Since my imminent departure  became common knowledge, and I began to get my head round this change, I have found myself in a number of  almost surreal situations, where I am still thinking and acting as a headteacher, but at the same time I have been thinking of my future, as well as the next incumbent in my role. Sometimes this has made decision making easier, and sometimes decisions have become more difficult to make.

Decisions about future activities, that are to happen after the Easter break, have been a little easier. Some I have been able to ignore, delay or leave to the next person in post to consider. Trying to second guess what any new school leader may want to do, is difficult, and probably  undesirable. I still have to lead the …

Unblocking those JAMs in the system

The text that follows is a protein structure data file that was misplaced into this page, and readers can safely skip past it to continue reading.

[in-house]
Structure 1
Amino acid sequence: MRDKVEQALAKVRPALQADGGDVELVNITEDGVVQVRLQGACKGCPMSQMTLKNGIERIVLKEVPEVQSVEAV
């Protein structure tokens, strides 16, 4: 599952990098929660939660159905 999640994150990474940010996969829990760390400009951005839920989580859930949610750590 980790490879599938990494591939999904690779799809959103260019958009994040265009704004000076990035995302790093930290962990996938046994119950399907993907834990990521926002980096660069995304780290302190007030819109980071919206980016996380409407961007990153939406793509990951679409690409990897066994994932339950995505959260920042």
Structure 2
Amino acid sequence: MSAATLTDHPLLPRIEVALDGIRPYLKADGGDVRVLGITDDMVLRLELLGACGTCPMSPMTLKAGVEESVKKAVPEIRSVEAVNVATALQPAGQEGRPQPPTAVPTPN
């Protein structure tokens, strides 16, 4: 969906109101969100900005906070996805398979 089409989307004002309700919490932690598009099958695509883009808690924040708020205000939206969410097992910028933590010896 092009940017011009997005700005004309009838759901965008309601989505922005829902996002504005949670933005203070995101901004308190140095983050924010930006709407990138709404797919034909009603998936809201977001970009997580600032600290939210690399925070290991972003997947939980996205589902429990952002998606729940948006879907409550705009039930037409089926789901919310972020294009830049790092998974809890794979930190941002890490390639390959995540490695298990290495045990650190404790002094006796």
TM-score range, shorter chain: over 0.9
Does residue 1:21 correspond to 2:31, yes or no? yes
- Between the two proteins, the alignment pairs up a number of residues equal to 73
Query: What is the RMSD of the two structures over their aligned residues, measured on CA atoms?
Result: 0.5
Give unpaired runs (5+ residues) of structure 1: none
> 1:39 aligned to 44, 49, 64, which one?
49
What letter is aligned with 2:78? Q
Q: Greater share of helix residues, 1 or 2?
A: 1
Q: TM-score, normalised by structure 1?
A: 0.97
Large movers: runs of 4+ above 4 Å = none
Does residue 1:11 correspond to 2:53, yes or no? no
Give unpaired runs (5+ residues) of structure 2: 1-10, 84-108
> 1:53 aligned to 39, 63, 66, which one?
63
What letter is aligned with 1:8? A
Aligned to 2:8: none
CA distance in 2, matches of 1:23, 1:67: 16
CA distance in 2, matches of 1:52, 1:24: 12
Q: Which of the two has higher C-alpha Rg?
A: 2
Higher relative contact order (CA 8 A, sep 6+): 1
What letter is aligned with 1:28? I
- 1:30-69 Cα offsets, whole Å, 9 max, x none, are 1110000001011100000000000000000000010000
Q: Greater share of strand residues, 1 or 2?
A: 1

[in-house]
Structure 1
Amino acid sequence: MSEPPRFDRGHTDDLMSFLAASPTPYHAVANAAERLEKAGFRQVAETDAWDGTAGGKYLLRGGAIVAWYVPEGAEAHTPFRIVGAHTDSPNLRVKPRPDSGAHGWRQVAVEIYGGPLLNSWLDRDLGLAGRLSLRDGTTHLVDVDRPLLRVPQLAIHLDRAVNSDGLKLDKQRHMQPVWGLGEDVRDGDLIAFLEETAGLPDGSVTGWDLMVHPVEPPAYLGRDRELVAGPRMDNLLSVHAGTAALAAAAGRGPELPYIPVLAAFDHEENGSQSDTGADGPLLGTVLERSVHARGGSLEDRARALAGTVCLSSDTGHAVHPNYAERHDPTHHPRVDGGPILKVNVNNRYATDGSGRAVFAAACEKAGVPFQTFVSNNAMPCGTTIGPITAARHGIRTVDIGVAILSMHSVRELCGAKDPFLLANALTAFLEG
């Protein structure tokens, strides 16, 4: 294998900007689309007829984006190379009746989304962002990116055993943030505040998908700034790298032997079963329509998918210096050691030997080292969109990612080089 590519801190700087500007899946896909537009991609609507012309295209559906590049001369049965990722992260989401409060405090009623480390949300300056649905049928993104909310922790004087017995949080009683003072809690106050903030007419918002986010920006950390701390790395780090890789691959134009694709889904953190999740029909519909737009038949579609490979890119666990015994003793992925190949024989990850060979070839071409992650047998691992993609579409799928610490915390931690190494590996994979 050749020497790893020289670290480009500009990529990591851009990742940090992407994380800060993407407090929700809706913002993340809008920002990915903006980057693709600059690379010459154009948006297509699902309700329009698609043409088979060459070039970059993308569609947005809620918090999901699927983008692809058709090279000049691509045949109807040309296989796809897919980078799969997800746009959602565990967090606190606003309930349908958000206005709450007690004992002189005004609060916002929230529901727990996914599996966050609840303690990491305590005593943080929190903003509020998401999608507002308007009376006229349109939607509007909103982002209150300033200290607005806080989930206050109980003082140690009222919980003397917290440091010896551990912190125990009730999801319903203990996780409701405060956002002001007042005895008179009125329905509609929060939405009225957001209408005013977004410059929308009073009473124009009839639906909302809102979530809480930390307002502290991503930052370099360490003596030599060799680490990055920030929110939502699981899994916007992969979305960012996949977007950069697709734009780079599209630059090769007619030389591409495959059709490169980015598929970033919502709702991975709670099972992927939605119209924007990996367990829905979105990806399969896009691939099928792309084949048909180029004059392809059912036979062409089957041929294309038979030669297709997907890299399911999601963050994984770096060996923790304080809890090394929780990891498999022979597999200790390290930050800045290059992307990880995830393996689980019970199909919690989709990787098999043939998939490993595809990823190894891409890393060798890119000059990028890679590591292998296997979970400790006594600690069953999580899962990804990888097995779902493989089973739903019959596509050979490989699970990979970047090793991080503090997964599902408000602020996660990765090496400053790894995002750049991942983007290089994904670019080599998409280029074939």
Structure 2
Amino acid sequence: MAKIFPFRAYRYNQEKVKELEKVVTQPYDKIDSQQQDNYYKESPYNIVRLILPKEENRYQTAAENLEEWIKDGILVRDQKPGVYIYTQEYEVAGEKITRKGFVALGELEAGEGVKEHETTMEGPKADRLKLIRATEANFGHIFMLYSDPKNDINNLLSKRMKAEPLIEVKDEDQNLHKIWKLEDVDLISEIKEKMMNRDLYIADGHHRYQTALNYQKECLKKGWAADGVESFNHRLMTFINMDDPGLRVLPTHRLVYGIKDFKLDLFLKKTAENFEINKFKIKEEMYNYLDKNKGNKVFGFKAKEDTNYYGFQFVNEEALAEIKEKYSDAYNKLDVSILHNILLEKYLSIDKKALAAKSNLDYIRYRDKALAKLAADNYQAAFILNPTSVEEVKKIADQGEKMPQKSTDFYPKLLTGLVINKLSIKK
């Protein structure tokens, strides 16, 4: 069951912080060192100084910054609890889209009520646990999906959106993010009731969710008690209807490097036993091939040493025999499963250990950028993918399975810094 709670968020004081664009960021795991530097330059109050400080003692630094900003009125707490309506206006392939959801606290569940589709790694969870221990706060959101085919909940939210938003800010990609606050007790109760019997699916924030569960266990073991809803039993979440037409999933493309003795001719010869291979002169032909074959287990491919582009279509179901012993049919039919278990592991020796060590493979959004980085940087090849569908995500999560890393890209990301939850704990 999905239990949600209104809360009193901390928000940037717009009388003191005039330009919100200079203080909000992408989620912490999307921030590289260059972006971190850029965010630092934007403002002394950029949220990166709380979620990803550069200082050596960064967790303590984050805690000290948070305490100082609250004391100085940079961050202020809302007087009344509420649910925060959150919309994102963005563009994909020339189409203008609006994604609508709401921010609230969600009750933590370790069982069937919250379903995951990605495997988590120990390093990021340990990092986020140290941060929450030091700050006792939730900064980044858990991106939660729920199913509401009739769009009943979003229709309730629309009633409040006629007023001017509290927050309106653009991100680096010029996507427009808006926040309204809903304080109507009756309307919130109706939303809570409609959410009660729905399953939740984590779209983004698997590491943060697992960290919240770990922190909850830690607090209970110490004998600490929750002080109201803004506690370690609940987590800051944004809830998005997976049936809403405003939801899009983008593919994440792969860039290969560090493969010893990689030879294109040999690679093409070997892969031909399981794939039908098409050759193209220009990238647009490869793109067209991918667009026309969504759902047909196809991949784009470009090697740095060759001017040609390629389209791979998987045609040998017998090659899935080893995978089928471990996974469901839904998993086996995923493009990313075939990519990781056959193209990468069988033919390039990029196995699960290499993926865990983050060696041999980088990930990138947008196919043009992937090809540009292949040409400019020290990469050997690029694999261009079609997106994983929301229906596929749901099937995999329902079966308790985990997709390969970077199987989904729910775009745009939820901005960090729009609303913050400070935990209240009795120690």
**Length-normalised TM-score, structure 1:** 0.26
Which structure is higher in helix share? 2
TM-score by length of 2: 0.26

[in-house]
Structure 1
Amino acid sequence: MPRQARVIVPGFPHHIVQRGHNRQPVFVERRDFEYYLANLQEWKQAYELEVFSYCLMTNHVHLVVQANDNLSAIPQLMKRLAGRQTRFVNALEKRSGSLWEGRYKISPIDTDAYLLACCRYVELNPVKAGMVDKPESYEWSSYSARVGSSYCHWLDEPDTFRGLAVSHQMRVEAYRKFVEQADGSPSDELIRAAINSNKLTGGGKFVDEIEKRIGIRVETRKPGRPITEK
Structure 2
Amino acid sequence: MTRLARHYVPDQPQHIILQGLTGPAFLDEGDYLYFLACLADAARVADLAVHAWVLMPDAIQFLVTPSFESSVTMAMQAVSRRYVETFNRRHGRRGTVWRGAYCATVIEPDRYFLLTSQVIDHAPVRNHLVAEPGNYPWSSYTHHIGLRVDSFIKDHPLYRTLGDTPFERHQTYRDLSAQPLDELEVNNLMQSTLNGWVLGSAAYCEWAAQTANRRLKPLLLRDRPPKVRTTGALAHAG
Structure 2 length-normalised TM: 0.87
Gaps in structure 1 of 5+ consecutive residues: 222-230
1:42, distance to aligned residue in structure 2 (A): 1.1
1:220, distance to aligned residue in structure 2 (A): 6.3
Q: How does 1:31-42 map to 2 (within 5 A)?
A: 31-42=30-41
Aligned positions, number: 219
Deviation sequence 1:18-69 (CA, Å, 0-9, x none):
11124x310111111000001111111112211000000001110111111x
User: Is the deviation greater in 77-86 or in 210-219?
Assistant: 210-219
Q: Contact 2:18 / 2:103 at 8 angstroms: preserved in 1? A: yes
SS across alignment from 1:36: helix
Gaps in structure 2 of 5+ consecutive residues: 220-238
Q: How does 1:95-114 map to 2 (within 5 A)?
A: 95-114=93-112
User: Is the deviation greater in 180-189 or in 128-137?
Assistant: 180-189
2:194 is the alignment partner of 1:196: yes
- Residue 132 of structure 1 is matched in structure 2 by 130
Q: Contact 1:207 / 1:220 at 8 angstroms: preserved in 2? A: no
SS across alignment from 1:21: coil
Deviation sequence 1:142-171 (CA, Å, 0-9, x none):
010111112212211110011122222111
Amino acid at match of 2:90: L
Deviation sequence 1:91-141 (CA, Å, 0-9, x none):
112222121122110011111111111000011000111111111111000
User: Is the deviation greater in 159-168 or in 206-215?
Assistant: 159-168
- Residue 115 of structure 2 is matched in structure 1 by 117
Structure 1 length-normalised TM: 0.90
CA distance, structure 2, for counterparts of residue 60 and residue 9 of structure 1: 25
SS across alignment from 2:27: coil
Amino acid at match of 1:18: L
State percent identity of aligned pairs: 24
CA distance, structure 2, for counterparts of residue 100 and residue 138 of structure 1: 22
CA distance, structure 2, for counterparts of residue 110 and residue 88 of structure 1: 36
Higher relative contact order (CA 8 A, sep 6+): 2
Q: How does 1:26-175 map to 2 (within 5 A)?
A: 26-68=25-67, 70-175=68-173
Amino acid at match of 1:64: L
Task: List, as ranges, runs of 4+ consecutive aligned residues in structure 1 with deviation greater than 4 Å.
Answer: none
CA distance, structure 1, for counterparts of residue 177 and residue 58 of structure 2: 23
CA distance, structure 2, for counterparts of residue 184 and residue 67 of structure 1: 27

I attended a headteacher meeting this week, where amongst the discussions and dialogue, was consideration of what we might do in schools to help close attainment gaps, especially for those at risk because of deprivation factors. This does feel like a never-ending conversation that we have, but has particular significance at the moment given the national political agenda for education.  The Scottish Government have announced the provision of Pupil Equity Funding (PEF) based on free school meals entitlement, which is to be paid directly to schools, as part of their strategy in driving forward excellence and delivering greater equity across the system. No matter what you think about this as a policy, there is no doubt that most schools are going to be in receipt of significant extra amounts of cash to help them deliver what the government, and schools themselves, are looking for.


Of course, as with all such funding there are strings attached, and it is clear that headteachers and schools…

Just doing the best we can, continually